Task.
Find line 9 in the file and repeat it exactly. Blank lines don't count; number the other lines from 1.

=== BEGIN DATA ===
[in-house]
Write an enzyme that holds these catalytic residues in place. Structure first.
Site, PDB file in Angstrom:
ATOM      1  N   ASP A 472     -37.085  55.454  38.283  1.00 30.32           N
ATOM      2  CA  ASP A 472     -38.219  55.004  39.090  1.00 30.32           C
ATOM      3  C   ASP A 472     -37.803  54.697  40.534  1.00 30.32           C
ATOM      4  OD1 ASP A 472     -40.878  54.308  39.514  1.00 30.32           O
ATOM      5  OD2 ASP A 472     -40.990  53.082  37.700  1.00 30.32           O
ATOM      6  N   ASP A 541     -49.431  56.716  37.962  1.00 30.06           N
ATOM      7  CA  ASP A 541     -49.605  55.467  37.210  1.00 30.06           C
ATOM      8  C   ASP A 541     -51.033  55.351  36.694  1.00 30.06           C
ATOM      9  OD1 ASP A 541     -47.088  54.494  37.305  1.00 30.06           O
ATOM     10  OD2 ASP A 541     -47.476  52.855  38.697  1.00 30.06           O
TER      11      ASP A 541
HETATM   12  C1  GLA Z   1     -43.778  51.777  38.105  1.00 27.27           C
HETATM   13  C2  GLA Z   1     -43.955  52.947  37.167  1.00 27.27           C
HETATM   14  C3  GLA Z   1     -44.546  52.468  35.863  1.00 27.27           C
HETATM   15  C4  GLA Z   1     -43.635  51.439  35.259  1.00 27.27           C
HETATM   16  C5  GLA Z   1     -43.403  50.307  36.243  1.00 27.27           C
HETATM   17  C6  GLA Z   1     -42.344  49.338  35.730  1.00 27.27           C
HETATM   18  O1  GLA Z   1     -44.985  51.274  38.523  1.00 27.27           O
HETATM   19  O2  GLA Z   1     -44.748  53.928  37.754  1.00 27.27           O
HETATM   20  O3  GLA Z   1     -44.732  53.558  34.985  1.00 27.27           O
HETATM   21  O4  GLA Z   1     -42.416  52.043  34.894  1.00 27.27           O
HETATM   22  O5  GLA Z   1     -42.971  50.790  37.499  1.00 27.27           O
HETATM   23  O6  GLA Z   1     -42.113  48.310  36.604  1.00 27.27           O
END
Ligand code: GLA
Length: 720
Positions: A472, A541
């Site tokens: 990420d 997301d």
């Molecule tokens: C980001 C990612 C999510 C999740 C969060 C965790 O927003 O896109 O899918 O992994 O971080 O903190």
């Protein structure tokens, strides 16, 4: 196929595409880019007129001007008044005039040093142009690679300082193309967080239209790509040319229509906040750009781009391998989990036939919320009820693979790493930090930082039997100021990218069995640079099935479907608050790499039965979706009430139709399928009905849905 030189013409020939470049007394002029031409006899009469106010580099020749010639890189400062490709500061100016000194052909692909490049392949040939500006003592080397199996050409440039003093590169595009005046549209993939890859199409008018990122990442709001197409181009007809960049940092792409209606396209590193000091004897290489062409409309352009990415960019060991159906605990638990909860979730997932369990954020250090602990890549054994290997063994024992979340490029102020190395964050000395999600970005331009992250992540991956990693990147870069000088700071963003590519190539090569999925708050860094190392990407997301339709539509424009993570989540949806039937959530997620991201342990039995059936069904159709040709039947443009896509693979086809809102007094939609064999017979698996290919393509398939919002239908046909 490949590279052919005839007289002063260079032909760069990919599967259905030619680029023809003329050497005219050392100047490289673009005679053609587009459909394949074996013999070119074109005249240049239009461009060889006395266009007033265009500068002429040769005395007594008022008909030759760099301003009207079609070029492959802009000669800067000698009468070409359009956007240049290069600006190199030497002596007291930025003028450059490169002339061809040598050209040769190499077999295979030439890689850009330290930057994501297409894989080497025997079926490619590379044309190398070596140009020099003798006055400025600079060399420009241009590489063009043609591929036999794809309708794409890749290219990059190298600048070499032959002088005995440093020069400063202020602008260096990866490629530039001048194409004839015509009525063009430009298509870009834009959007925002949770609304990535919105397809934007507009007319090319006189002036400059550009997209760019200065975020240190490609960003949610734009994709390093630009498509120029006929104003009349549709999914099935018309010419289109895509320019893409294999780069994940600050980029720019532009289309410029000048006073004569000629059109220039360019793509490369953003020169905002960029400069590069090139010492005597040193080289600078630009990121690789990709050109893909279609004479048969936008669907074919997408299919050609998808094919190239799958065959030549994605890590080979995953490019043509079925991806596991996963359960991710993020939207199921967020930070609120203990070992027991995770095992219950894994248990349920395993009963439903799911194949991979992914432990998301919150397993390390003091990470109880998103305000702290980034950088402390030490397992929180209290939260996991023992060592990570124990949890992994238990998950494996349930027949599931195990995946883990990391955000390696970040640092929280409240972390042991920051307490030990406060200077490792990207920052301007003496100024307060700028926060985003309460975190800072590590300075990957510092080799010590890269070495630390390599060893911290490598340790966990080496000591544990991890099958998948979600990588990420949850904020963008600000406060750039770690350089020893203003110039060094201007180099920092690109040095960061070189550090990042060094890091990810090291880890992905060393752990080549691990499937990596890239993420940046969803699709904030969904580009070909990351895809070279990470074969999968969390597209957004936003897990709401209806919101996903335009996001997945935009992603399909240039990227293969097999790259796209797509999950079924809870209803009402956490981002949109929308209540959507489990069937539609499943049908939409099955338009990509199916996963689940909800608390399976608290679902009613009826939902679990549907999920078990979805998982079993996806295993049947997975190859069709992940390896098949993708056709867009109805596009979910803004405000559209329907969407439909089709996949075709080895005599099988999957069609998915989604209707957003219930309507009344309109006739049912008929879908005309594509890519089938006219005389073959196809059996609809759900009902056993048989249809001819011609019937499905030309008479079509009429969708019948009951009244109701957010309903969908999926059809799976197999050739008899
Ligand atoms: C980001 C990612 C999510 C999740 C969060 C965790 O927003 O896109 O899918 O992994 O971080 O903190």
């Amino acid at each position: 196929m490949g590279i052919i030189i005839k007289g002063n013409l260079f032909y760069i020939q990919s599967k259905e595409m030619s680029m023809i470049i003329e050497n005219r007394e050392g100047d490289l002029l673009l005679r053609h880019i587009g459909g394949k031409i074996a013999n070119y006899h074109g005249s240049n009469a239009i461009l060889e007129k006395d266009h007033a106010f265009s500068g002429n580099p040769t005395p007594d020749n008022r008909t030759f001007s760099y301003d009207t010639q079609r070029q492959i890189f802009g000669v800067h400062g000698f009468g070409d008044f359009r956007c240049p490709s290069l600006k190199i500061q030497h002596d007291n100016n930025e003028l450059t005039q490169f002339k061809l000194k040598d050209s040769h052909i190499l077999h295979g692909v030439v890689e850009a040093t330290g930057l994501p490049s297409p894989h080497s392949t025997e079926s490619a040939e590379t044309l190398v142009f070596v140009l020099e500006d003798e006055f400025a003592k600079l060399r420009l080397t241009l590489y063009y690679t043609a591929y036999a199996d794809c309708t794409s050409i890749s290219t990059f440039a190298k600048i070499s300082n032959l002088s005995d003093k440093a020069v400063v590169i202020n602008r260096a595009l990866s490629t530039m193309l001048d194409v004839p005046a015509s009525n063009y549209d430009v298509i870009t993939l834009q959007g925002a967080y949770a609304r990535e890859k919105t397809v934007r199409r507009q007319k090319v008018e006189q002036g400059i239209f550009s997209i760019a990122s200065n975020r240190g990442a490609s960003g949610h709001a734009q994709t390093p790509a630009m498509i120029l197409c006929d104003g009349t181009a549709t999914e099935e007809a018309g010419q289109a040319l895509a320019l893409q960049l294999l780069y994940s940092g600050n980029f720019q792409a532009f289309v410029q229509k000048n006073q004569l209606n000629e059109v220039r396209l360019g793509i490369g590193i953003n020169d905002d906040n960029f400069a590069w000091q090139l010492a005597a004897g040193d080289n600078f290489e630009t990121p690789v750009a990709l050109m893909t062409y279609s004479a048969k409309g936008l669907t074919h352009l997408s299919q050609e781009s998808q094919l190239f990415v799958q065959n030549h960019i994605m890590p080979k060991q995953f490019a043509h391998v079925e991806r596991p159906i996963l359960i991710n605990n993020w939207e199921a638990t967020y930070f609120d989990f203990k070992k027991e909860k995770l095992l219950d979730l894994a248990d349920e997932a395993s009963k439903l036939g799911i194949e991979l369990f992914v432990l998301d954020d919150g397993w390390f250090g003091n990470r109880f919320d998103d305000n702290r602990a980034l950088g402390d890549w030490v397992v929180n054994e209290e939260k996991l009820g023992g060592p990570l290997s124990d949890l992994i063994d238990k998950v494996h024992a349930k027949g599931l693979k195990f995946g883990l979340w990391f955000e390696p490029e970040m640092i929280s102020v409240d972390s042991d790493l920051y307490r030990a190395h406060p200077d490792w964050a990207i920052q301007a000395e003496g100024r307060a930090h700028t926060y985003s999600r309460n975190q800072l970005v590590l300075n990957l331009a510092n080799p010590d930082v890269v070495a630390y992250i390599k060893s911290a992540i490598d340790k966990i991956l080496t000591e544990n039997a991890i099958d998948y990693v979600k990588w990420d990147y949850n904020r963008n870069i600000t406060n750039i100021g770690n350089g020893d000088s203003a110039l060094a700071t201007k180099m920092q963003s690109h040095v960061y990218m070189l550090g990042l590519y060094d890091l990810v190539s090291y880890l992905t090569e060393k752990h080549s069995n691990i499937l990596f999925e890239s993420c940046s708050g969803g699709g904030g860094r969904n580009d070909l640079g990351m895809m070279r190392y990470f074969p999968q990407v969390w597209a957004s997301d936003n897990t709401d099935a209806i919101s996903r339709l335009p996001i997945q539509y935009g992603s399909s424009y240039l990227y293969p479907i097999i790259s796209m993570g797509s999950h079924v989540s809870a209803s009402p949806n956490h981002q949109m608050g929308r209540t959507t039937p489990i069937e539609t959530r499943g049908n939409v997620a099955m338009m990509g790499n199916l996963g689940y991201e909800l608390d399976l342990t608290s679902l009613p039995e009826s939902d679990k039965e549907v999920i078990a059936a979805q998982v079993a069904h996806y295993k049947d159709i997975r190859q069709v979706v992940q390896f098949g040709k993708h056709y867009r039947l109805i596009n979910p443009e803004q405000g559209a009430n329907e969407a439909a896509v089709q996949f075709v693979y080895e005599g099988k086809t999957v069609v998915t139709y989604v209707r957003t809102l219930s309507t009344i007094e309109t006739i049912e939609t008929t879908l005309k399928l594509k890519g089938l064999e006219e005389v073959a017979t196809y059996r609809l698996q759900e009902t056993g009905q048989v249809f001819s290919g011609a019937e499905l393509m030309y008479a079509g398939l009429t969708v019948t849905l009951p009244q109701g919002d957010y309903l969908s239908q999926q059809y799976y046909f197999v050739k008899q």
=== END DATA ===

ATOM      6  N   ASP A 541     -49.431  56.716  37.962  1.00 30.06           N